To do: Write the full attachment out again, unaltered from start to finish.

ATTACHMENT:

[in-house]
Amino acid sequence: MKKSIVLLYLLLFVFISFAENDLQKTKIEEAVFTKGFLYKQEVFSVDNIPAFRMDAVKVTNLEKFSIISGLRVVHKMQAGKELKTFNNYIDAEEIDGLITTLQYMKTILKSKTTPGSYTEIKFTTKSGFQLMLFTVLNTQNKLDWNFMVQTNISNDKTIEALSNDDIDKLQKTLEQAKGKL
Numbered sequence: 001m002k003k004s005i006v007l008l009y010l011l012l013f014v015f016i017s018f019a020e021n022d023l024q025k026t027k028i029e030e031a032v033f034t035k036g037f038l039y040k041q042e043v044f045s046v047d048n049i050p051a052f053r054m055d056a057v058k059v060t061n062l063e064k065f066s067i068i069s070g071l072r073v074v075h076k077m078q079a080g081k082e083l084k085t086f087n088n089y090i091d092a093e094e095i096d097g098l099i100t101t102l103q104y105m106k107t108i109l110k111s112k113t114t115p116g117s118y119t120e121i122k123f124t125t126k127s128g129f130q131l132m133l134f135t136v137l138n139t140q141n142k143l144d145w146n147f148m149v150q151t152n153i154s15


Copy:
[in-house]
Amino acid sequence: MKKSIVLLYLLLFVFISFAENDLQKTKIEEAVFTKGFLYKQEVFSVDNIPAFRMDAVKVTNLEKFSIISGLRVVHKMQAGKELKTFNNYIDAEEIDGLITTLQYMKTILKSKTTPGSYTEIKFTTKSGFQLMLFTVLNTQNKLDWNFMVQTNISNDKTIEALSNDDIDKLQKTLEQAKGKL
Numbered sequence: 001m002k003k004s005i006v007l008l009y010l011l012l013f014v015f016i017s018f019a020e021n022d023l024q025k026t027k028i029e030e031a032v033f034t035k036g037f038l039y040k041q042e043v044f045s046v047d048n049i050p051a052f053r054m055d056a057v058k059v060t061n062l063e064k065f066s067i068i069s070g071l072r073v074v075h076k077m078q079a080g081k082e083l084k085t086f087n088n089y090i091d092a093e094e095i096d097g098l099i100t101t102l103q104y105m106k107t108i109l110k111s112k113t114t115p116g117s118y119t120e121i122k123f124t125t126k127s128g129f130q131l132m133l134f135t136v137l138n139t140q141n142k143l144d145w146n147f148m149v150q151t152n153i154s15